Federal Reserve Bank of Kansas City
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Kansas City, MO 64198
Information about this author at RePEc
NBER Working Papers and Publications
|January 2010||Euler-Equation Estimation for Discrete Choice Models: A Capital Accumulation Application|
with Russell Cooper, John C. Haltiwanger: w15675
This paper studies capital adjustment at the establishment level. Our goal is to characterize capital adjustment costs, which are important for understanding both the dynamics of aggregate investment and the impact of various policies on capital accu- mulation. Our estimation strategy searches for parameters that minimize ex post errors in an Euler equation. This strategy is quite common in models for which adjustment occurs in each period. Here, we extend that logic to the estimation of parameters of dynamic optimization problems in which non-convexities lead to extended periods of investment inactivity. In doing so, we create a method to take into account censored observations stemming from intermittent investment. This methodology allows us to take the structural model directly to the d...
|May 2007||Implications of Search Frictions: Matching Aggregate and Establishment-level Observations|
with Russell Cooper, John Haltiwanger: w13115
This paper studies hours, employment, vacancies and unemployment at micro and macro levels. It is built around a set of facts concerning the variability of unemployment and vacancies in the aggregate and, at the establishment level, the distribution of net employment growth and the comovement of hours and employment growth. A search model with frictions in hiring and firing is used as a framework to understand these observations. Notable features of this search model include non-convex costs of posting vacancies, establishment level profitability shocks and a contracting framework that determines the response of hours and wages to shocks. The search friction creates an endogenous, cyclical adjustment cost. We specify and estimate the parameters of the search model using simulated method of...
|February 2004||Dynamics of Labor Demand: Evidence from Plant-level Observations and Aggregate Implications|
with Russel W. Cooper, John C. Haltiwanger: w10297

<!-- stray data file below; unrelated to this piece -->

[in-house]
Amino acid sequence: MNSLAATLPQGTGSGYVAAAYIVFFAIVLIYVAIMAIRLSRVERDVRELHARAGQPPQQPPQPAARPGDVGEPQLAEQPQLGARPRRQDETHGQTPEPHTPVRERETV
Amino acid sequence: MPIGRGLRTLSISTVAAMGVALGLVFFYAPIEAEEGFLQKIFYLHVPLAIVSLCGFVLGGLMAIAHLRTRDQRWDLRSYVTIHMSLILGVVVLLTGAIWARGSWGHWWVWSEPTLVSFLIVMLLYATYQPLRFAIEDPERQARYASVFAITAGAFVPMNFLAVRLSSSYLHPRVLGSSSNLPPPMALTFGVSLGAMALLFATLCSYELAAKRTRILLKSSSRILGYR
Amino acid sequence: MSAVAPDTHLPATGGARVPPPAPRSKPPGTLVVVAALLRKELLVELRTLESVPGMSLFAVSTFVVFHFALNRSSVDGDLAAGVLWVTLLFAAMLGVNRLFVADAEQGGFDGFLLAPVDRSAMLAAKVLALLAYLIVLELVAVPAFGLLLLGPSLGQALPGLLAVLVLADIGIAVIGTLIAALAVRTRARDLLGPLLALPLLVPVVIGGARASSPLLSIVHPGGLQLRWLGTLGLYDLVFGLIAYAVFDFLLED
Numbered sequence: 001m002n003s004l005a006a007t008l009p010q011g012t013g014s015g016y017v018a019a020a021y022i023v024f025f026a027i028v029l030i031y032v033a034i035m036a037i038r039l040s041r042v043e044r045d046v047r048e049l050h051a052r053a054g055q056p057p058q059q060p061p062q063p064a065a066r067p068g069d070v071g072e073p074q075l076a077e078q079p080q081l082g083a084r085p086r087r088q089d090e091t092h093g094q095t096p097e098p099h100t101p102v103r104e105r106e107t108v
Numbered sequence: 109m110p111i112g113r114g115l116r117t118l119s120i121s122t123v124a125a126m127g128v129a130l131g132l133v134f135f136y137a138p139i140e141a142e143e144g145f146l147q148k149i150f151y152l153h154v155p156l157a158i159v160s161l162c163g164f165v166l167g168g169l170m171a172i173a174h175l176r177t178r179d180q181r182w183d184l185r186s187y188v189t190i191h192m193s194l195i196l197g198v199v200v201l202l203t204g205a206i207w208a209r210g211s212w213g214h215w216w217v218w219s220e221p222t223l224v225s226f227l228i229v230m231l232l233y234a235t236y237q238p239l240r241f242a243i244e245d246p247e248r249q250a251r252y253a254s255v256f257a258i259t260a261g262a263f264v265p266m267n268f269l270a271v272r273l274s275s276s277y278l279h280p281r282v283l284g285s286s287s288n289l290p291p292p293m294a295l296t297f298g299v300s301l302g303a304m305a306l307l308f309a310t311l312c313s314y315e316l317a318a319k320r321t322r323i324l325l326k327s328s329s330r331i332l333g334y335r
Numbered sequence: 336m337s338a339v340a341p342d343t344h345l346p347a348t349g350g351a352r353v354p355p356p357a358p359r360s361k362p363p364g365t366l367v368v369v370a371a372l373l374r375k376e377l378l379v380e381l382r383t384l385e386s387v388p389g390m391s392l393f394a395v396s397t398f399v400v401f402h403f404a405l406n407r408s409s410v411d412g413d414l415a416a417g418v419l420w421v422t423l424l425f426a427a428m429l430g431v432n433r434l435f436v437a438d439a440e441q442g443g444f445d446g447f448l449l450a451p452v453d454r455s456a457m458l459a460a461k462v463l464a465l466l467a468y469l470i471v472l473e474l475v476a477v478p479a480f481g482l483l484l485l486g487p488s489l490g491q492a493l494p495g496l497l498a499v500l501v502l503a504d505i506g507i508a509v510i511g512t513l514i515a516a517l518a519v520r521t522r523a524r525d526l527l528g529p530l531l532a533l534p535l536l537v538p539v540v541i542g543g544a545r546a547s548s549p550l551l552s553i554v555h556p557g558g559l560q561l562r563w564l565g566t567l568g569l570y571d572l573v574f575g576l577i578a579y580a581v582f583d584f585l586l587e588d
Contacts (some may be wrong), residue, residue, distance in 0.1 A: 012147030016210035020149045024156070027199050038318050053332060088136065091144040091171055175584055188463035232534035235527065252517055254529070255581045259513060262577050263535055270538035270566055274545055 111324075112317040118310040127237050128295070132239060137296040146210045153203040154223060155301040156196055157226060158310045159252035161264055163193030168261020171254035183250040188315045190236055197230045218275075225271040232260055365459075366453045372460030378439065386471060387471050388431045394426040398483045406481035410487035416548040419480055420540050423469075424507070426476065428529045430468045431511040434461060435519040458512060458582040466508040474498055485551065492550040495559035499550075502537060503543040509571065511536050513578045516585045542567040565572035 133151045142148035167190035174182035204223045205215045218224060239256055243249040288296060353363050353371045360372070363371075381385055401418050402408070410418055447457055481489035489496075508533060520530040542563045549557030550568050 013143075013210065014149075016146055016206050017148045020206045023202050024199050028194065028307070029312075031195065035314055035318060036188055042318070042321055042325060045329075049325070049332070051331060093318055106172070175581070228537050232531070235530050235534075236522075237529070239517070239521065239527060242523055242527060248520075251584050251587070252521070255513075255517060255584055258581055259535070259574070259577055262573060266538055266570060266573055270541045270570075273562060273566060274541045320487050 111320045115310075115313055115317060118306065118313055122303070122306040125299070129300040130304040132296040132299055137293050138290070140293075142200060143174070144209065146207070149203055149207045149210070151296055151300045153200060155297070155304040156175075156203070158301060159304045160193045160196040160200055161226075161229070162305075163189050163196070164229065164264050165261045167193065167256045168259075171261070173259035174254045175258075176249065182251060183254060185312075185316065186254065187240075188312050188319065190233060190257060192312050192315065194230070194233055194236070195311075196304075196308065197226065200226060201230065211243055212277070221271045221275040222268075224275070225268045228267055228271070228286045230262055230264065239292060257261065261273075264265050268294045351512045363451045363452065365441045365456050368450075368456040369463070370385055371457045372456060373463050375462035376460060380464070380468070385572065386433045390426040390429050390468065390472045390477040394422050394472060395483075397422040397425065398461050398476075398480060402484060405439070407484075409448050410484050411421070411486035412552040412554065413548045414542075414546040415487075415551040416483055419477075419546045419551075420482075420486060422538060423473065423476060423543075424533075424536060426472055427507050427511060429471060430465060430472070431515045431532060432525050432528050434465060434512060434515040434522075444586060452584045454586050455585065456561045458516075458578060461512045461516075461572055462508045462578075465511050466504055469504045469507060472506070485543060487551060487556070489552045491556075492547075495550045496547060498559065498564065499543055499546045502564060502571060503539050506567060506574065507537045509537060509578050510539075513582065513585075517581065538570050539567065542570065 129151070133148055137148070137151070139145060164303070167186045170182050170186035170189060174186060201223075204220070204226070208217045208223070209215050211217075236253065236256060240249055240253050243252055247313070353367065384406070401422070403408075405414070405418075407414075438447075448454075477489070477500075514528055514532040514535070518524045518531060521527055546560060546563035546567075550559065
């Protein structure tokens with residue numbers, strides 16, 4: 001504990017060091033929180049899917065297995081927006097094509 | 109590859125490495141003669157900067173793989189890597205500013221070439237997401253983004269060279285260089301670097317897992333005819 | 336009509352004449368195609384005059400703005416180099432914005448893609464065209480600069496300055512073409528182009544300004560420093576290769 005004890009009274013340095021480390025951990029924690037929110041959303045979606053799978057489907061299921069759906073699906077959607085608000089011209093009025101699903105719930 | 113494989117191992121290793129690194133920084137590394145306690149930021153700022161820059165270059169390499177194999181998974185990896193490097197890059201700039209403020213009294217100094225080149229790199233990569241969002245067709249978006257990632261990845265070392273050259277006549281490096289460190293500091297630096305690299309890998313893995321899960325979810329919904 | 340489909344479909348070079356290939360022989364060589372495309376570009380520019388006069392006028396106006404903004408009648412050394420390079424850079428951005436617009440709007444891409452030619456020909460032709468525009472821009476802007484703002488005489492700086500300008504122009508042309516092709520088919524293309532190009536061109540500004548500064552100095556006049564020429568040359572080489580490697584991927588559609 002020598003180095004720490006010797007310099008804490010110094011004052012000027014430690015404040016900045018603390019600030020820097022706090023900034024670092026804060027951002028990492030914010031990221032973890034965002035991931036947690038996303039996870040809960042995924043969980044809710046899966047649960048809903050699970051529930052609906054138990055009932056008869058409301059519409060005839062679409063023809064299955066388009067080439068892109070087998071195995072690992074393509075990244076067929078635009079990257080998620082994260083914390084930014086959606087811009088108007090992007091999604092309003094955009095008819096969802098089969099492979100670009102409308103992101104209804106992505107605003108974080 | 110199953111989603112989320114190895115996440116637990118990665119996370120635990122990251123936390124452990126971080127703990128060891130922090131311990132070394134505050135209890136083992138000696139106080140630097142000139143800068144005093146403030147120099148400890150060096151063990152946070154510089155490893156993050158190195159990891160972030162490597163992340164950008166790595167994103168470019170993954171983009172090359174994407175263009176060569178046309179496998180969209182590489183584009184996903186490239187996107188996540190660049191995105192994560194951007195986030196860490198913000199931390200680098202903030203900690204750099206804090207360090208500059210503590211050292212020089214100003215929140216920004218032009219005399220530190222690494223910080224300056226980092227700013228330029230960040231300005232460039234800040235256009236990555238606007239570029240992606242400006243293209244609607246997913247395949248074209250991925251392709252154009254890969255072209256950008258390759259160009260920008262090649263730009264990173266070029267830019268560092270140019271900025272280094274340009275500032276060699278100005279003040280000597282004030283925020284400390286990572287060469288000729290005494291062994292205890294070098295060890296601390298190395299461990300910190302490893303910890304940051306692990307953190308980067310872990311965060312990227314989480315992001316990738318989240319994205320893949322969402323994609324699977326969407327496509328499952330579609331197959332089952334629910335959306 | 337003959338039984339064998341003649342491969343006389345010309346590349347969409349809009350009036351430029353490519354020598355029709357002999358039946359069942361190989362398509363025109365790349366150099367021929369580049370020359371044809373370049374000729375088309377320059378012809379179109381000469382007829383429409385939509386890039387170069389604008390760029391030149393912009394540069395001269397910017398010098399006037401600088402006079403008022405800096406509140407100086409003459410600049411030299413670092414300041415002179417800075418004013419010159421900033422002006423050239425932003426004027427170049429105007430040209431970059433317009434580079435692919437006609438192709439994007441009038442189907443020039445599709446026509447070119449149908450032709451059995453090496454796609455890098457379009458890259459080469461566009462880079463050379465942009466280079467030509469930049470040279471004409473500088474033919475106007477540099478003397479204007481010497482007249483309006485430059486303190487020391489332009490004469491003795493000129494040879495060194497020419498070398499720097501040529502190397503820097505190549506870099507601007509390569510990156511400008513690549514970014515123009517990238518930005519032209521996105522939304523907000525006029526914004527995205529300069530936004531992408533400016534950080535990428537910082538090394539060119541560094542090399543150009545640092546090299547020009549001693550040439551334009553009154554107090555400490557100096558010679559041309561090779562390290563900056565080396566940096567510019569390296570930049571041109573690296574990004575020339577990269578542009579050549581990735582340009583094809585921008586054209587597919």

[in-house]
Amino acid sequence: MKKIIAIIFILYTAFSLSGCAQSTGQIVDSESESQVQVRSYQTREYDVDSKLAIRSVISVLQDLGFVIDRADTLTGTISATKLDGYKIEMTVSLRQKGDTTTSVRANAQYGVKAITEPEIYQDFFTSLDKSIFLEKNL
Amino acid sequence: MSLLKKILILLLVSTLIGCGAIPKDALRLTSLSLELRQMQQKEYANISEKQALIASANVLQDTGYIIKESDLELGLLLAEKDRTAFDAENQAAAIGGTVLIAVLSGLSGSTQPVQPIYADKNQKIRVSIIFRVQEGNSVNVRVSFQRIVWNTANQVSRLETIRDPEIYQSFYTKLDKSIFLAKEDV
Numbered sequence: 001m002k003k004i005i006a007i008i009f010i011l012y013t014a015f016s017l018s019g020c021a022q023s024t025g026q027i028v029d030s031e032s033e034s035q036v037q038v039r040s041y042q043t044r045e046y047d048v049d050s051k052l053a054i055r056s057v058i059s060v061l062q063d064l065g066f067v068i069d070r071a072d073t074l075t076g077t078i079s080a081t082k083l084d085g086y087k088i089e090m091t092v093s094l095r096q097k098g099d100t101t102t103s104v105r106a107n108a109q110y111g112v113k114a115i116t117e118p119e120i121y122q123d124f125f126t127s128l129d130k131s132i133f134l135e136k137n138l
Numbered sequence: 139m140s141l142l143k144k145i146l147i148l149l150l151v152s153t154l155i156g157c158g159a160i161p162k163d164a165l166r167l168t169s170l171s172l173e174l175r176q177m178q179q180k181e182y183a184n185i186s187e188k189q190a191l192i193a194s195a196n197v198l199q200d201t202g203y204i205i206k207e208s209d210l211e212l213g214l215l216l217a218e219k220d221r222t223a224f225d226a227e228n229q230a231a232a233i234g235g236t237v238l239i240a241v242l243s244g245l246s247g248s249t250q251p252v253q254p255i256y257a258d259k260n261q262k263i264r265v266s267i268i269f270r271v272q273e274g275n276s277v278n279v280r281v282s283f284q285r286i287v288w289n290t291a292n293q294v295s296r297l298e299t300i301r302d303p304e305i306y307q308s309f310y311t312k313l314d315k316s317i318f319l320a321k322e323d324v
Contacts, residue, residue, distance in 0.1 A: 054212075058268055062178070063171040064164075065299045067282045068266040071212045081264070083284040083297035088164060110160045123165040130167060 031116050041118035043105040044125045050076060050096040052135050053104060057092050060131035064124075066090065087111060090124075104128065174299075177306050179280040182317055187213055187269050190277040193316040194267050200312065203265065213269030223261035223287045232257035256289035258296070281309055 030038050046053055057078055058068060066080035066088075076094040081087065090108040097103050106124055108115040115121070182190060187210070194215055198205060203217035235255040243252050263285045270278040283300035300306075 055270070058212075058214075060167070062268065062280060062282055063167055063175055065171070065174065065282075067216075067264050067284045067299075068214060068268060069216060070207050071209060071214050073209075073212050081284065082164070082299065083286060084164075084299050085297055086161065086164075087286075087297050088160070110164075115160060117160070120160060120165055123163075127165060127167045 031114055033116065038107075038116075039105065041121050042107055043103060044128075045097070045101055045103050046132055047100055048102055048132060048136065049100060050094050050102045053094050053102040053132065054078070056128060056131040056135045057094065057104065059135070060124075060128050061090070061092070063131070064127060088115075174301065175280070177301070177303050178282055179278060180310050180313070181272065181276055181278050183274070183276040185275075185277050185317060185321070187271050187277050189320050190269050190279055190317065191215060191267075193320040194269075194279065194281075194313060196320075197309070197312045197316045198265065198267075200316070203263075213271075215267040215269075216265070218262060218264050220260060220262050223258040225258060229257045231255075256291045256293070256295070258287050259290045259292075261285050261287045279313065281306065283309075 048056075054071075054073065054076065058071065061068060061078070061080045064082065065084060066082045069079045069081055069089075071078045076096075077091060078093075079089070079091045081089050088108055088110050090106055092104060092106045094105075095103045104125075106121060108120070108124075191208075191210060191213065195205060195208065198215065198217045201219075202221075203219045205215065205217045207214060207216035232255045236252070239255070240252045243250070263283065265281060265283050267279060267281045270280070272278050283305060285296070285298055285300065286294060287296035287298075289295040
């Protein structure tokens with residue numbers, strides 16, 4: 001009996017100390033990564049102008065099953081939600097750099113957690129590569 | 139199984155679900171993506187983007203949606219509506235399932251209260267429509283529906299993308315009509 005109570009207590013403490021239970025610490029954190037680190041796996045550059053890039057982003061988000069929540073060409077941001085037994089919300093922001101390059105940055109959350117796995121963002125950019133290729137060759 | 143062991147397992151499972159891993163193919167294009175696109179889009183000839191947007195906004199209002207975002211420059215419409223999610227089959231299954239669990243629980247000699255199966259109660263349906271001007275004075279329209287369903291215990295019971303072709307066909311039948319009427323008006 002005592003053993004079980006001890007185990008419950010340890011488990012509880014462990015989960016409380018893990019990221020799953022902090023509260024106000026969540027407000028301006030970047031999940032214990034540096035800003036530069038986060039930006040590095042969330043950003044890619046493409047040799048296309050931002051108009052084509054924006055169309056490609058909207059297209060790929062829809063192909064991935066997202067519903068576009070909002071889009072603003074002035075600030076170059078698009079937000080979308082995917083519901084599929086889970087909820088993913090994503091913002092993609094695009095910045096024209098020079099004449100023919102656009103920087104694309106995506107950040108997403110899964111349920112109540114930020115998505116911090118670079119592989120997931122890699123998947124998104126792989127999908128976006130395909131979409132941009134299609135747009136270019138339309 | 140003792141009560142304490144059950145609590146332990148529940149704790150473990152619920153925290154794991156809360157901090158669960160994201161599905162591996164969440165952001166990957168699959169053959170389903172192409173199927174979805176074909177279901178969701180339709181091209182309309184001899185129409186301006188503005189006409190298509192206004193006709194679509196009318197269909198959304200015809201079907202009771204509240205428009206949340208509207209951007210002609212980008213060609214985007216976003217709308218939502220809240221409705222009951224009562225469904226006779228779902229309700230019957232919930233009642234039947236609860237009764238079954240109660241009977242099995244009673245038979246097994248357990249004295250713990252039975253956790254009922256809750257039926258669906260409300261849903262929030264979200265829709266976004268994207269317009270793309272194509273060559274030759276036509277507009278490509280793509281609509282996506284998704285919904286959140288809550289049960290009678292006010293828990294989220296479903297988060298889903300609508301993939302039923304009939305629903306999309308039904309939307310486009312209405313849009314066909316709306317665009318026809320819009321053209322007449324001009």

This paper studies the dynamics of labor demand at the plant and aggregate levels. The correlation of hours and employment growth is negative at the plant level and positive in aggregate time series. Further, hours and employment growth are about equally volatile at the plant level while hours growth is much less volatile than employment growth in the aggregate data. Given these differences, we specify and estimate the parameters of a plant-level dynamic optimization problem using simulated method of moments to match plant-level observations. Our findings indicate that non-convex adjustment costs are critical for explaining plant-level moments on hours and employment. Aggregation generates time series implications which are broadly consistent with observation. Further, we find that a model...
Published: Cooper, Russell & Haltiwanger, John & Willis, Jonathan L., 2015. "Dynamics of labor demand: Evidence from plant-level observations and aggregate implications," Research in Economics, Elsevier, vol. 69(1), pages 37-50. citation courtesy of
|October 2003||The Cost of Labor Adjustment: Inferences from the Gap|
with Russell W. Cooper: w10006
We study labor adjustment costs. We specify a dynamic optimization problem at the plant-level, allowing for both convex and non-convex adjustment costs. We estimate the parameters of the adjustment process using an indirect inference procedure in which simulated moments are matched with data moments. For this study we use estimates of reduced-form adjustment functions obtained by the gap methodology' reported in Caballero-Engel as data moments. Contrary to evidence at the micro level in support of non-convex adjustment costs, our findings indicate that piecewise quadratic adjustment costs are sufficient to match these aggregate moments.
Published: Cooper, Russell W. and Jonathan L. Willis. "The Cost of Labor Adjustment: Inferences from the Gap." Review of Economic Dynamics 12, 4 (October 2009): 632-647 . citation courtesy of